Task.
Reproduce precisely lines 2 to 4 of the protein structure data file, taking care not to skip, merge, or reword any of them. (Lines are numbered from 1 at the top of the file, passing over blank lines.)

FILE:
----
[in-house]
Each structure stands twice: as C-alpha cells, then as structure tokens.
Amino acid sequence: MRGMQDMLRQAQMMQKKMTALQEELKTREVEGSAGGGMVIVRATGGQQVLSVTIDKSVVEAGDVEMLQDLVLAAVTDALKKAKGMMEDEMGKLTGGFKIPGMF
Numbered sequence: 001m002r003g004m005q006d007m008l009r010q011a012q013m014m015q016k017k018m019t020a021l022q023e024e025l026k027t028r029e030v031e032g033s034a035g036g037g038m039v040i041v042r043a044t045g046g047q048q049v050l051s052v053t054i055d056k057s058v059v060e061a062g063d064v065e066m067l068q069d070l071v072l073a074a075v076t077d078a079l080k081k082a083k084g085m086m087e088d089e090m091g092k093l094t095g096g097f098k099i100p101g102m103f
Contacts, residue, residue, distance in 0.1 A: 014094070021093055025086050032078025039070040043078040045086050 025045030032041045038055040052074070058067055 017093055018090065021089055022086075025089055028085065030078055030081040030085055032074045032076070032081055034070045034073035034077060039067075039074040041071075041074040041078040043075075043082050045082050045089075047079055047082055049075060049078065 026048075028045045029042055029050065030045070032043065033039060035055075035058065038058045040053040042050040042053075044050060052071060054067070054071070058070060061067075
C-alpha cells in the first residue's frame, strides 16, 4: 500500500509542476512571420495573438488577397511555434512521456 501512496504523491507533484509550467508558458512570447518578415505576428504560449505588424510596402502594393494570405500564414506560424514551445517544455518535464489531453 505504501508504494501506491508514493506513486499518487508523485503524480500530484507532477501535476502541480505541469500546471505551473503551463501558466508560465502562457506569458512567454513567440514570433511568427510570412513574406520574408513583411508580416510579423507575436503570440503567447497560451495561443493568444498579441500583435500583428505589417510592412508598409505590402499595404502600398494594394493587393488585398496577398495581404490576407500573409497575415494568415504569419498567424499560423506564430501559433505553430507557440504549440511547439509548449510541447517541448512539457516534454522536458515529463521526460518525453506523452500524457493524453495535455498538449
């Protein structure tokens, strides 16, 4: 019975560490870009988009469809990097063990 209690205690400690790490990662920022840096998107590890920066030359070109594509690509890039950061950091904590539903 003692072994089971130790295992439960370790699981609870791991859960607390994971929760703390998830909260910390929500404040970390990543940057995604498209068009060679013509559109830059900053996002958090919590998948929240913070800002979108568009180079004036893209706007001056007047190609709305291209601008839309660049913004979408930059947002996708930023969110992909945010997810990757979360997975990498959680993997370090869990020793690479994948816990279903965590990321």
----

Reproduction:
Each structure stands twice: as C-alpha cells, then as structure tokens.
Amino acid sequence: MRGMQDMLRQAQMMQKKMTALQEELKTREVEGSAGGGMVIVRATGGQQVLSVTIDKSVVEAGDVEMLQDLVLAAVTDALKKAKGMMEDEMGKLTGGFKIPGMF
Numbered sequence: 001m002r003g004m005q006d007m008l009r010q011a012q013m014m015q016k017k018m019t020a021l022q023e024e025l026k027t028r029e030v031e032g033s034a035g036g037g038m039v040i041v042r043a044t045g046g047q048q049v050l051s052v053t054i055d056k057s058v059v060e061a062g063d064v065e066m067l068q069d070l071v072l073a074a075v076t077d078a079l080k081k082a083k084g085m086m087e088d089e090m091g092k093l094t095g096g097f098k099i100p101g102m103f